The chief executive of Aetna, Ron Williams, argued against the public option based on issues of fairness. On the News Hour with Jim Lehrer, Williams noted that a public option creates a situation where "you have in essence a player in the industry who is a participant in the market, but also is a regulator and a referee in the game". He said, "we think that those two roles really don't work well."[34]

Public opinion[edit]

Public polling consistently showed majority support for a public option. A July survey by the Quinnipiac University Polling Institute found that 28% of Americans would like to purchase a public plan while 53% would prefer to have a private plan. It also stated that 69% would support its creation in the first place.[35] Survey USA estimated that the majority of Americans (77%) feel that it is either "Quite Important" or "Extremely Important" to "give people a choice of both a public plan administered by the federal government and a private plan for their health insurance" in August 2009.[36] A Rasmussen Reports poll taken on August 17–18 stated that 57% of Americans did not support the current health care bill being considered by Congress that did not include a public option,[37] a change from their findings in July 2009.[38] A NBC News/Wall Street Journal poll, conducted August 15–17, found that 47% of Americans opposed the idea of a public option and 43% expressed support.[39] A Pew Research Center report published on October 8, 2009 stated that 55% of Americans favor a government health insurance plan to compete with private plans. The results were very similar to their polling from July, which found 52% support.[40] An October 2009 Washington Post/ABC poll showed 57% support,[41] a USA Today/Gallup survey described by a USA Today article on October 27 found that 50% of Americans supported a government plan proposal,[42] and a poll from November 10 and 11 by Angus Reid Public Opinion found that 52% of Americans supported a public plan.[43] On October 27, journalist Ray Suarez of The News Hour with Jim Lehrer noted that "public opinion researchers say the tide has been shifting over the last several weeks, and now is not spectacularly, but solidly in favor of a public option."[44]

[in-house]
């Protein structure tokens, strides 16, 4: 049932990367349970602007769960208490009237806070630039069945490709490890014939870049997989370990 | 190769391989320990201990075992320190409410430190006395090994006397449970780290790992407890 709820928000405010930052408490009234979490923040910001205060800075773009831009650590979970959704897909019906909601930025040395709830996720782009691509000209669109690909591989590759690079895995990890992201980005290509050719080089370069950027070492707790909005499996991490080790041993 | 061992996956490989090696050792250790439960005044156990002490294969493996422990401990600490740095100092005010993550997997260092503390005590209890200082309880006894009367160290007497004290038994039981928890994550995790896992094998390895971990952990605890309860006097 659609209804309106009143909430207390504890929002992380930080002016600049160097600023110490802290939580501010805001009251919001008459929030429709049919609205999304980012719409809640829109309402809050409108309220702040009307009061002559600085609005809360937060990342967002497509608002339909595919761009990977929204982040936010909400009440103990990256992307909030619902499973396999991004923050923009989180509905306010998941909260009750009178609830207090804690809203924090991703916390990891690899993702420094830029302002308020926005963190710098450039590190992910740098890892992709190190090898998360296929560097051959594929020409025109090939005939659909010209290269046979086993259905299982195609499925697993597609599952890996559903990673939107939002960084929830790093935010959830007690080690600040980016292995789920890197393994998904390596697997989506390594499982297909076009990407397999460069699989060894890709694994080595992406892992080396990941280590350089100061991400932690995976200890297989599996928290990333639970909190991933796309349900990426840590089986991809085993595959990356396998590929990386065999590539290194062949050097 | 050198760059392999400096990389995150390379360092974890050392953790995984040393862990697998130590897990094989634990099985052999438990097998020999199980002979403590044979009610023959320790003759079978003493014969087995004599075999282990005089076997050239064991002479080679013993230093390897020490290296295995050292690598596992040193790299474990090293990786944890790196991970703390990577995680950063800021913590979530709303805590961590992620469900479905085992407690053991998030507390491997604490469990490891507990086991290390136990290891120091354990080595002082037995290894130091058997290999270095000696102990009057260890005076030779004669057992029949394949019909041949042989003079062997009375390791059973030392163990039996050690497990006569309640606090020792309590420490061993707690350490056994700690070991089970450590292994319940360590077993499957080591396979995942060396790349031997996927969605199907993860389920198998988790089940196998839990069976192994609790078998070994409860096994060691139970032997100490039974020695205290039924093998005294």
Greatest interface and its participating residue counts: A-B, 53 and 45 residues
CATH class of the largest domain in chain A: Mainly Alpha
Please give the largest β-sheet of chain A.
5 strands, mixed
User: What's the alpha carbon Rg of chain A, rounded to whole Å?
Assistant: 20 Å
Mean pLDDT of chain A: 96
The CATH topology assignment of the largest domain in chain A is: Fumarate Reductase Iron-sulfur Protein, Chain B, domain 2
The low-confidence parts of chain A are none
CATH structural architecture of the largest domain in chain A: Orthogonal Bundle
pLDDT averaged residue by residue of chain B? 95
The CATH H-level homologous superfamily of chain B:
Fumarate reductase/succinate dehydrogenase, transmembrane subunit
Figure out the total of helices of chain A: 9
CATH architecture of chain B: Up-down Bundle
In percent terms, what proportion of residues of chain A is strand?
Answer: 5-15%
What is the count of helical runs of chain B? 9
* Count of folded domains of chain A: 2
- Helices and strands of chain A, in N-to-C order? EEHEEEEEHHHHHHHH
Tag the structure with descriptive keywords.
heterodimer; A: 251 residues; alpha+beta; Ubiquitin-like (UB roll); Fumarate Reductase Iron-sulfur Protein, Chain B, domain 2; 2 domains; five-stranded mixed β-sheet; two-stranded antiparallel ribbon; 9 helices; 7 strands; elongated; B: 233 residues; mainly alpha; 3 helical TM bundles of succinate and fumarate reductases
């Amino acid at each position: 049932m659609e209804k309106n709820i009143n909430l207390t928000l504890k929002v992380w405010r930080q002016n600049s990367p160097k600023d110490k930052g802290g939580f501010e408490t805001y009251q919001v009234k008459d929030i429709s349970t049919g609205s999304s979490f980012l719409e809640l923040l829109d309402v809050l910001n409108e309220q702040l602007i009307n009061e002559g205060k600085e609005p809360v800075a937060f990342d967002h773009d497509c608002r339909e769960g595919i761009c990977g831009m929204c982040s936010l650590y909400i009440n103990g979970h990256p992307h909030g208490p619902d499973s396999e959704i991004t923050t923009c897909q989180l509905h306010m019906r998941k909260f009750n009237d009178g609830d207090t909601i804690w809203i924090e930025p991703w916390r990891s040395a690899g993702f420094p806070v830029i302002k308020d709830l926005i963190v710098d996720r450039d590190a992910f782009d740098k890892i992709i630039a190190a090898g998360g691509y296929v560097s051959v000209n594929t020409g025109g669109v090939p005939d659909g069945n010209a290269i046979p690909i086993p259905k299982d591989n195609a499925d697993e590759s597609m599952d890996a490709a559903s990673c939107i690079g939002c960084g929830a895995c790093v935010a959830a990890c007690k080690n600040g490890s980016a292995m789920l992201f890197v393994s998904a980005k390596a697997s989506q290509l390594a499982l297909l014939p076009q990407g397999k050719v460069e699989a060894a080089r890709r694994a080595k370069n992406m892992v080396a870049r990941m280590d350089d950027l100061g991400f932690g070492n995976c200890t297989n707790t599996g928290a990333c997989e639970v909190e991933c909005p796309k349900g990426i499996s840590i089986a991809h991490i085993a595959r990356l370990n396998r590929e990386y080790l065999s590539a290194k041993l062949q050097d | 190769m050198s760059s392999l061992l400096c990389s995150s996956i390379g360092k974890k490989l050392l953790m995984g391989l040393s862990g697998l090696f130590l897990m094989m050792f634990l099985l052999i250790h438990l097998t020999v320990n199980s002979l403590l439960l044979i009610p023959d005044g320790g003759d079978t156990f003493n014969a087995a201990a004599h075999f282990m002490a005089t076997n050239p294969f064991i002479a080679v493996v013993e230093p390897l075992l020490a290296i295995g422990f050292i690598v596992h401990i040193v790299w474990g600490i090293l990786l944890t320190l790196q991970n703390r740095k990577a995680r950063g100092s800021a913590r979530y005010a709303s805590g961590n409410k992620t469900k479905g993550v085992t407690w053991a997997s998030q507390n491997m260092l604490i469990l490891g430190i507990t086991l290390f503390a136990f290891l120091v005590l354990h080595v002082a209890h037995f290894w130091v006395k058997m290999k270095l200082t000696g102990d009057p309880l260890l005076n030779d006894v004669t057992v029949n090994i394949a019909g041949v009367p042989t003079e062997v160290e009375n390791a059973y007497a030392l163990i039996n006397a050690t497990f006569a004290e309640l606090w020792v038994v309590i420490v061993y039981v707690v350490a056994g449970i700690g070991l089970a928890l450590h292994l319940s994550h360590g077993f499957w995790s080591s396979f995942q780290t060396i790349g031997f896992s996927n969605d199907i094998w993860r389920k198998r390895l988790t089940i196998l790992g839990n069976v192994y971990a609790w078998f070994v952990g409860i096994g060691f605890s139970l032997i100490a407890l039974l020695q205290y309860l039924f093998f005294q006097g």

Between October 28 and November 13, 2009, Democratic Senator Dick Durbin's campaign organization polled Americans to rank their support for various forms of the "public option" currently under consideration by Congress for inclusion in the final health care reform bill. The 83,954 respondents assigned rankings of 0 to 10. A full national option had the most support, with an 8.56 average, while no public option was least favored, with a 1.10 average.[45]

Physician reaction[edit]

A survey designed and conducted by Drs. Salomeh Keyhani and Alex Federman of Mount Sinai School of Medicine done over the summer of 2009 found that 73% of doctors supported a public option.[46] A survey reported by the New England Journal of Medicine in September, based on a random sample of 6,000 physicians from the American Medical Association, stated that "it seems clear that the majority of U.S. physicians support using both public and private insurance options to expand coverage."[47]